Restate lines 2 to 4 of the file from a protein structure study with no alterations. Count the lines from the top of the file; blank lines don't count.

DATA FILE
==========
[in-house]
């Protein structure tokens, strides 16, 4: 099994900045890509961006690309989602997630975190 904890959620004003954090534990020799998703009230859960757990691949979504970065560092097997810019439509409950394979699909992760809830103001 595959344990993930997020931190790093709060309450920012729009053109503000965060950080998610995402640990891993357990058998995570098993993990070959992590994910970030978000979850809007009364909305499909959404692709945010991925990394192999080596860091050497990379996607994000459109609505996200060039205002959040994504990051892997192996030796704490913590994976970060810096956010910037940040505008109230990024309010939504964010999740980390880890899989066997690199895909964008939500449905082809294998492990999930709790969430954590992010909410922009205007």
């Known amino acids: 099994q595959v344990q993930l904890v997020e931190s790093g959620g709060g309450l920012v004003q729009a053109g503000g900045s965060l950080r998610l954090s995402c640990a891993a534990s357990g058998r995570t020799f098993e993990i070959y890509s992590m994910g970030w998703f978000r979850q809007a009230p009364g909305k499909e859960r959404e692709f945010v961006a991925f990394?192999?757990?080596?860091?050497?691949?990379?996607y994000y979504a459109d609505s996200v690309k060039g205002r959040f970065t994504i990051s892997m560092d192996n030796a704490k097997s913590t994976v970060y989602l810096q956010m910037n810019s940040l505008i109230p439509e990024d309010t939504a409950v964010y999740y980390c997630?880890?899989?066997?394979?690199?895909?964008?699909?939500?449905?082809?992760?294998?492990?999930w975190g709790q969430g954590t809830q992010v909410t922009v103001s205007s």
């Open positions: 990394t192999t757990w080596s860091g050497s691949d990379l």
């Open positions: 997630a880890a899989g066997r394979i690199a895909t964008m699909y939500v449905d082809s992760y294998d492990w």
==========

């Protein structure tokens, strides 16, 4: 099994900045890509961006690309989602997630975190 904890959620004003954090534990020799998703009230859960757990691949979504970065560092097997810019439509409950394979699909992760809830103001 595959344990993930997020931190790093709060309450920012729009053109503000965060950080998610995402640990891993357990058998995570098993993990070959992590994910970030978000979850809007009364909305499909959404692709945010991925990394192999080596860091050497990379996607994000459109609505996200060039205002959040994504990051892997192996030796704490913590994976970060810096956010910037940040505008109230990024309010939504964010999740980390880890899989066997690199895909964008939500449905082809294998492990999930709790969430954590992010909410922009205007």
């Known amino acids: 099994q595959v344990q993930l904890v997020e931190s790093g959620g709060g309450l920012v004003q729009a053109g503000g900045s965060l950080r998610l954090s995402c640990a891993a534990s357990g058998r995570t020799f098993e993990i070959y890509s992590m994910g970030w998703f978000r979850q809007a009230p009364g909305k499909e859960r959404e692709f945010v961006a991925f990394?192999?757990?080596?860091?050497?691949?990379?996607y994000y979504a459109d609505s996200v690309k060039g205002r959040f970065t994504i990051s892997m560092d192996n030796a704490k097997s913590t994976v970060y989602l810096q956010m910037n810019s940040l505008i109230p439509e990024d309010t939504a409950v964010y999740y980390c997630?880890?899989?066997?394979?690199?895909?964008?699909?939500?449905?082809?992760?294998?492990?999930w975190g709790q969430g954590t809830q992010v909410t922009v103001s205007s």
């Open positions: 990394t192999t757990w080596s860091g050497s691949d990379l």